R U N N E R S  F O R  W A L R U S E S

More than 1,500 walrus admirers ran and walked on behalf of their flippered friends during the Wildlife Conservation Society’s Run for the Wild at the New York Aquarium last Saturday.

Ladders, sneakers, and three photographers, including me, arrived before dawn to capture every step of the event.

Walruses are an example of a species forced to cope with the impacts of a changing climate and increased industrialization of the Arctic. Proceeds from the run will help WCS save walruses and further its mission of saving wildlife and wild places around the globe.

Congratulations to the finishers, especially those that showed the most creativity for the cause.

Photo credit: Julie Larsen Maher © WCS

Source: Wildlife Conservation Society



C L I M A T E  C H A N G E  A T  1 6, 0 0 0′

In the high Andes of Bolivia, glaciers are receding at a rapid pace. Farmers in the Apolobamba protected area are worried that a drier climate increases competition for resources among domestic animals, wildlife, and the people themselves.

The Wildlife Conservation Society works on the ground with communities that depend on natural resources to help them find mutually beneficial solutions to relieve the stress on fragile ecosystems.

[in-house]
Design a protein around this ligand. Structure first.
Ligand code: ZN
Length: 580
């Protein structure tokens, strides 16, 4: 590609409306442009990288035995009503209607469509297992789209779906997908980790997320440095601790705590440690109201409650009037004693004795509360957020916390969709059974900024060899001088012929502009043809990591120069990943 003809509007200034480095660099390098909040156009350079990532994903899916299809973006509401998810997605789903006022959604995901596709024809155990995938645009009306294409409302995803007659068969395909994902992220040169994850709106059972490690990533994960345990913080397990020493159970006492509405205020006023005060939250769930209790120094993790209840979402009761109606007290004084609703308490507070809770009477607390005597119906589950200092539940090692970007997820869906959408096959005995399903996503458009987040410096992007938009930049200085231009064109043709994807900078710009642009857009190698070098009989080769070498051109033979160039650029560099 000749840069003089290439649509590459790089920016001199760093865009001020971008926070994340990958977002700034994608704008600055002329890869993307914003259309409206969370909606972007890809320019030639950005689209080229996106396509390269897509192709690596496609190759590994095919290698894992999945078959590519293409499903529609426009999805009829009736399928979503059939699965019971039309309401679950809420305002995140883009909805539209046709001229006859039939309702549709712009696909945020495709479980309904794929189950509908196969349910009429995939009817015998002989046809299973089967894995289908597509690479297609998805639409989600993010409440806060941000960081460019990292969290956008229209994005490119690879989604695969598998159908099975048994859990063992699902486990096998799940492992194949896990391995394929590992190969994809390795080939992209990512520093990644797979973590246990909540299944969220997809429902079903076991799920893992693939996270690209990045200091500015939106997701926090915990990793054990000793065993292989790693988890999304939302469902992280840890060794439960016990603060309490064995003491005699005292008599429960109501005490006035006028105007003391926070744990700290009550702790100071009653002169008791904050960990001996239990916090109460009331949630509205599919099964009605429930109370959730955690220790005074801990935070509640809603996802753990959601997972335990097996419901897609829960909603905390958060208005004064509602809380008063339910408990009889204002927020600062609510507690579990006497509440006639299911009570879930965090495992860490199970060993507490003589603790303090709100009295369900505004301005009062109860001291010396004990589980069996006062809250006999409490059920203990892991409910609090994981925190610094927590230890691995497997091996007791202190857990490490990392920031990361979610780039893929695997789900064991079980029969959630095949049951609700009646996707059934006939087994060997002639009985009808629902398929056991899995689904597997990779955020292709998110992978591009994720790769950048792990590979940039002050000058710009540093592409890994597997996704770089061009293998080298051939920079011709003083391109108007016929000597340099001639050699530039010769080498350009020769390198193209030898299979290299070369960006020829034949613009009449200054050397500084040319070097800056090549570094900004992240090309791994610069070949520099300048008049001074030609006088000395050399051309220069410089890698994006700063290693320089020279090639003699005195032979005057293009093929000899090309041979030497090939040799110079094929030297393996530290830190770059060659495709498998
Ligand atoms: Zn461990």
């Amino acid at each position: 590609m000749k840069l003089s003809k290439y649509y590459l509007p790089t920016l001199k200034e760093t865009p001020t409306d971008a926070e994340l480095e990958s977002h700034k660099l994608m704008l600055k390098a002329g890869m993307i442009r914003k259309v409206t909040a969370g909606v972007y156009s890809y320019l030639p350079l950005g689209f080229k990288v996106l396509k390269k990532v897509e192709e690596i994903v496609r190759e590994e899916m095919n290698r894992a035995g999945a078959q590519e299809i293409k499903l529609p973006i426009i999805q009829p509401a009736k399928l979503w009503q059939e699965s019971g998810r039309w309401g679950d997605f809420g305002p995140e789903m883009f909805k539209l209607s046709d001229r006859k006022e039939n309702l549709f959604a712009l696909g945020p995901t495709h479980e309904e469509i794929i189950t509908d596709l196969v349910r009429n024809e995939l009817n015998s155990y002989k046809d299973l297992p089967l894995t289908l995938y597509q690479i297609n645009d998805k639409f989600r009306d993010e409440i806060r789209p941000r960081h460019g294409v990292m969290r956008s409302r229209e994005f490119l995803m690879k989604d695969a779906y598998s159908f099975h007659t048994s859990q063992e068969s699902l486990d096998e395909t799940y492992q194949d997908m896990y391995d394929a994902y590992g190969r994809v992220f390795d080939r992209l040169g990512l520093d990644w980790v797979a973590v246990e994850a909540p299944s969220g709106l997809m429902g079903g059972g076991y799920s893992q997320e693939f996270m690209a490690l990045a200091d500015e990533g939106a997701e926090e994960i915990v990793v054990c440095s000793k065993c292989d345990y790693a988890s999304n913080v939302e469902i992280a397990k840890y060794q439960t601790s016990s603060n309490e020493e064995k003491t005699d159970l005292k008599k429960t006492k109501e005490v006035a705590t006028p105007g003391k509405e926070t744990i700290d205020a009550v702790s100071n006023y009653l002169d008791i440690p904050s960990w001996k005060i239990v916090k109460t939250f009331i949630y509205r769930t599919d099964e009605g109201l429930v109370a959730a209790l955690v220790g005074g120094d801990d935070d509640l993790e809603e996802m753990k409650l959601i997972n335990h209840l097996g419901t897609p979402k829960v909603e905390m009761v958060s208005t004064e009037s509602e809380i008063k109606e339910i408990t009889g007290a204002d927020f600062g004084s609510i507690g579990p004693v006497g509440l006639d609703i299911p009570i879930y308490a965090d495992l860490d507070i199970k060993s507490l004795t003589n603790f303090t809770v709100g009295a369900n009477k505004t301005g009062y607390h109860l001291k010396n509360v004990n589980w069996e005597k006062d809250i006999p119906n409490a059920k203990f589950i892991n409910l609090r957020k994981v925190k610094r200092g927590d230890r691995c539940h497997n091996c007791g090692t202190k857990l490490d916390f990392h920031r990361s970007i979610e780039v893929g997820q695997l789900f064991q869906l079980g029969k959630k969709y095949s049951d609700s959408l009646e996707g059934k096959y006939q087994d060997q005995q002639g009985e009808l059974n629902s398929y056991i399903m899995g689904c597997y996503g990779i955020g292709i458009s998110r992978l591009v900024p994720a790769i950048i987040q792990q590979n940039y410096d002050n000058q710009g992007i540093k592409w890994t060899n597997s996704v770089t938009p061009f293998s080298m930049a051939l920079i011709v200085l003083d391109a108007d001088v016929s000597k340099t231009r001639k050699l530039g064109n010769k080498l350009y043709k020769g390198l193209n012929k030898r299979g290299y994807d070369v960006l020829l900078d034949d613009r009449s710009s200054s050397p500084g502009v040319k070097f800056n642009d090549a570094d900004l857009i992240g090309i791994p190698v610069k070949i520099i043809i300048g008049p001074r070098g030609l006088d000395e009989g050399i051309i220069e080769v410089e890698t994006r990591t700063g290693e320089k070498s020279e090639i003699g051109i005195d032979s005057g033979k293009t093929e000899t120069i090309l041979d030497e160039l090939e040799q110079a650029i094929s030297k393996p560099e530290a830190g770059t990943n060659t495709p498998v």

While on this field assignment in Bolivia, I photographed the farmer with a 24-70 mm lens—a wide-angle zoom that captures both the foreground subject and the harsh landscape at 16,000′.

Photo credit: Julie Larsen Maher © WCS

Source: WCS



I N  T I M E  F O R  T A Z O

Sea Otter Awareness Week seems a good time to get out Tazo, the northern sea otter’s, baby pictures. Tazo was orphaned from his mother during a storm at a very young age and found his new home at the New York Aquarium (NYA) via the Alaska Sea Life Center in 2010. Tazo was nursed back to health by surrogate keeper moms at NYA.

Part of my job is to photograph the births and lives of our wildlife. I took this photo of Tazo when he was a curious pup just a few months old. I hope that bringing out this adorable image from the archives will help the otter cause—one that has been clouded by climate change.

The New York Times made time for Tazo this week, too.

Photo credit: Julie Larsen Maher © WCS

Sources: New York Aquarium, New York Times